Some tiny creature, mad with wrath,

Is coming nearer on the path.

--Edward Gorey

Location: Pittsburgh, Pennsylvania, U.S. Outlying Islands

Writer, lawyer, cyclist, rock climber, wanderer of dark residential streets, friend.

Thursday, January 05, 2006

Commonplace, Swofford

Of late I've been reading, and growing ever more enamored of, the clipped, curt, sometimes adumbrated efficiency of Anthony Swofford's Jarhead. Notwithstanding I am reading the book after seeing -- and really quite liking -- Sam Mendes' movie based thereon, the prose is so vivid, so arresting, that I have given everyone new faces, recast and reconfigured those scenes plucked directly from the book and dropped into the movie, and just generally visited the book as though I encounter it entirely without foreknowledge or the taint of someone else's interpretation of the author's vision.

Speaking generally, I can't anticipate, or describe in advance, the sort of passages that appeal to me. While my own writing tends toward the florid and self-referential and discursive and my taste in authors reflects the same tendency, there are other things, unexpected things, that make my heart race and command rereading after rereading. I spent fully half of this morning's bus ride reading and rereading and pausing to reconsider and then rereading again one passage, a deceptively simple passage, trying to figure out why it so affected me.

Supposedly, and according to tradition and lore, the sniper needs only one bullet per kill. This is incorrect. The sniper requires thousands of bullets and thousands of hours of training per kill; he needs senior snipers on the deck beside him at the rifle range, telling him why he is not producing a dime group from a grand out. (A dime group is three shots that, when inspected on the target, can be covered with a dime.) There are reasons you're not hitting a dime group at a grand. Your spotter called the wind at five to eight but the wind is an eight to eleven. You hadn't completely expelled your breath when you shot. You are afraid of the rifle. Your spotter gave you the correct dope but you dialed the scope incorrectly. You are tired. You are stupid. You are bored. You are a bad shot. You drank the night before. You drank excessively the night before. You are worried about Suzi Rottencrotch and her man Jody back home, in the hay or in the alley or in a hotel bed. These are all unacceptable reasons for not achieving a dime group at a grand. A nickel group is occasionally acceptable. A quarter group and you are dead. You have missed the target but the target hasn't missed you. You must remember that you are always a target. Someone wants to kill you and their reasons are as sound as yours for killing them. This is why you must know the dime group like you once knew your mother's nipples. Quarters are cheap. On your corpse no one will check the group, not even your mother. Your enemy will be the last person to witness you as a living thing. He'll acquire you through his optics and he will not pause before pulling the trigger.

Where this book excels, I realize, is where the movie fails. The movie, resoundingly praised as capturing the hurry-up-and wait of war generally and the Gulf War in particular, doesn't really reflect (and in two hours, perhaps, could not reflect) the true beating heart of the book: its focus on what it is to be a marine, a jarhead, a single-minded human machine programmed to perform a relatively narrow array of tasks, and at that an elite marine, a scout/sniper, set apart by training and aptitude, drilled to work in murderous, self-reliant pairs.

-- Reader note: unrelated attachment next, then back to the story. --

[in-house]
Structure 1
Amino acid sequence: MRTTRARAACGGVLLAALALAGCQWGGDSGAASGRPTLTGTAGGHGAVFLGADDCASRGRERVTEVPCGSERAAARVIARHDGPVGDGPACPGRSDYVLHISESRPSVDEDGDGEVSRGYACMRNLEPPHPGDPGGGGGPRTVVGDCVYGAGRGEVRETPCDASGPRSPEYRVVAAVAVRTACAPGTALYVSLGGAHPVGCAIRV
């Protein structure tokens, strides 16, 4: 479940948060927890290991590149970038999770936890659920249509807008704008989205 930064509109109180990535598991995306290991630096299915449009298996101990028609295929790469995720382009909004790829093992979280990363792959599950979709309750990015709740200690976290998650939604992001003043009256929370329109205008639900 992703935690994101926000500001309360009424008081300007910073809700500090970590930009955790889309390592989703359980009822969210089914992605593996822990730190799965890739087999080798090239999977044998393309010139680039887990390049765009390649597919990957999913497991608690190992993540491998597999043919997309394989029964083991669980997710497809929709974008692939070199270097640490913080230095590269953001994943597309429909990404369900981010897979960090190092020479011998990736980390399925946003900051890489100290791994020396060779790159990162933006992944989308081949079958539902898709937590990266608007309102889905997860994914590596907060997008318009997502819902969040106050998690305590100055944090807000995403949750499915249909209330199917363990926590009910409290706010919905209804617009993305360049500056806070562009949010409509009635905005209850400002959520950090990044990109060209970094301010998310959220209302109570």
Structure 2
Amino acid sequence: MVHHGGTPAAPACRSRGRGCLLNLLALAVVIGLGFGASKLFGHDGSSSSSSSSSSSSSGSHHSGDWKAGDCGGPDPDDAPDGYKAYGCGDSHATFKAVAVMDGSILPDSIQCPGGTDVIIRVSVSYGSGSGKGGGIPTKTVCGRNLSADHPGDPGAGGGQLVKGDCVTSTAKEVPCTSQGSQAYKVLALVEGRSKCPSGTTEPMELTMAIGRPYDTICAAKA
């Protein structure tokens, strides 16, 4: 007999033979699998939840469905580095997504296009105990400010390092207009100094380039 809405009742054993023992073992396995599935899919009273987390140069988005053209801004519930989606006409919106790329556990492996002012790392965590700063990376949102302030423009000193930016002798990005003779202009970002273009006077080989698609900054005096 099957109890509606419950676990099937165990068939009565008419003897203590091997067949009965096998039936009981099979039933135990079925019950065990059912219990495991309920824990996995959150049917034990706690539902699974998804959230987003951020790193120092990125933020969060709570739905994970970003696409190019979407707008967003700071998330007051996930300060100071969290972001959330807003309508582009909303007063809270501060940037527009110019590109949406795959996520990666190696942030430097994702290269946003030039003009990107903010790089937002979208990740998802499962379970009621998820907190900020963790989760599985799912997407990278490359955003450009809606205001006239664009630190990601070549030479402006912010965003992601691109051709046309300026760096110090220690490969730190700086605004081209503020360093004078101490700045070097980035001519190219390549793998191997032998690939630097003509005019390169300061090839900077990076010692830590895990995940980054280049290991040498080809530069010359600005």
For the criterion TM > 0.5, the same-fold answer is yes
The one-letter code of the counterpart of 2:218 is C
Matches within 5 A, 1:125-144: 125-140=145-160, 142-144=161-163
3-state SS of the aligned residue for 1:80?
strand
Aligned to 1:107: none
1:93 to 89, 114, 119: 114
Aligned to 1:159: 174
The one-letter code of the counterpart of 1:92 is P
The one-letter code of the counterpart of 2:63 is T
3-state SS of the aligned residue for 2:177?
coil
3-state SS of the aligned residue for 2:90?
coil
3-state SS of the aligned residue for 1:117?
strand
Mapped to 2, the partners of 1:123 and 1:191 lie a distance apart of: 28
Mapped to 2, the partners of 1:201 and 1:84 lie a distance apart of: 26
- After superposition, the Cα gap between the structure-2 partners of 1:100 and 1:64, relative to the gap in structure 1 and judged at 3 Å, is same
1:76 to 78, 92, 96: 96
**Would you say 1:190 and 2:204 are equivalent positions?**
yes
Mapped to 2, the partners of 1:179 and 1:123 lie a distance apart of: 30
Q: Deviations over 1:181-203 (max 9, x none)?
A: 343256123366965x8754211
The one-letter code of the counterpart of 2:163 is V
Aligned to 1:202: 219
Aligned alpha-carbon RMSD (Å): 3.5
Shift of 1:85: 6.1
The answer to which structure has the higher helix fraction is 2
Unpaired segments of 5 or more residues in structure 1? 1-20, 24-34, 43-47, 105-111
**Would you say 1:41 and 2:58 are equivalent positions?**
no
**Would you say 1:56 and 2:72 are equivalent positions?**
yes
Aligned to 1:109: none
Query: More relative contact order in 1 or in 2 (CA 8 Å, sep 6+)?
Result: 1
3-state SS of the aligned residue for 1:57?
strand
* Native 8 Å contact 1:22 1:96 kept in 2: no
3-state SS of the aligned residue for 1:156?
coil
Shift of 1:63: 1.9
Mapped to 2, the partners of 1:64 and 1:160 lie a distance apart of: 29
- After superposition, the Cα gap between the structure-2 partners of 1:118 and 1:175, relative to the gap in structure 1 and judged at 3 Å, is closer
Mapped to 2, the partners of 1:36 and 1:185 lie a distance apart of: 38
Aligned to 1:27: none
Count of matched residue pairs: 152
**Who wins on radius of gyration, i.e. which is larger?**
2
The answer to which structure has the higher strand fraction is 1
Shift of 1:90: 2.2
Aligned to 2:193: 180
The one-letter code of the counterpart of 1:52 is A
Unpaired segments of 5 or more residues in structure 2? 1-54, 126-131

Every word of this book is like a marine cadence, and its rhythm the synchronized thud of marines running in formation. I can never know what it is like to be a marine, no matter how many books I read. But to even offer a clear glass through which to view one marine, and that marine's value neutral but not unopinionated perspective on marine culture, is more than I ever expected, and precisely what Swofford provides.

In my many rereads of the excerpted passage, the only line that emerges as perhaps anchoring my attention so firmly to its page, was this: Someone wants to kill you and their reasons are as sound as yours for killing them. This is not a moral statement, not in the context of the passage or of the book in full. This is not a nihilistic rejection of all moral absolutes, or a comment on policy. This is the myopia of one soldier, one trained killer, the substance of a mantra designed to isolate and silence the critical faculties that one brings to bear on questions of morality and policy, to purify, render entirely amoral, transform flesh into machine.

In a million years I could never write that sentence or any like it. And if I accidentally happened upon a sentence so laced with potential, I could never set it in its due context. And perhaps more than any particular aesthetic predilection, that's what tends so to fix my attention on certain passages over others that seem like they ought to be more artistically pleasing: the appalling shock of an alien sentiment deftly communicated.


Blogger Meander Knot Press said...

"He'll acquire you through his optics"...I can see some poetic potential in this last line, and the concept of who might be the last to see us alive.

8:46 PM  

Post a Comment

<< Home

eXTReMe Tracker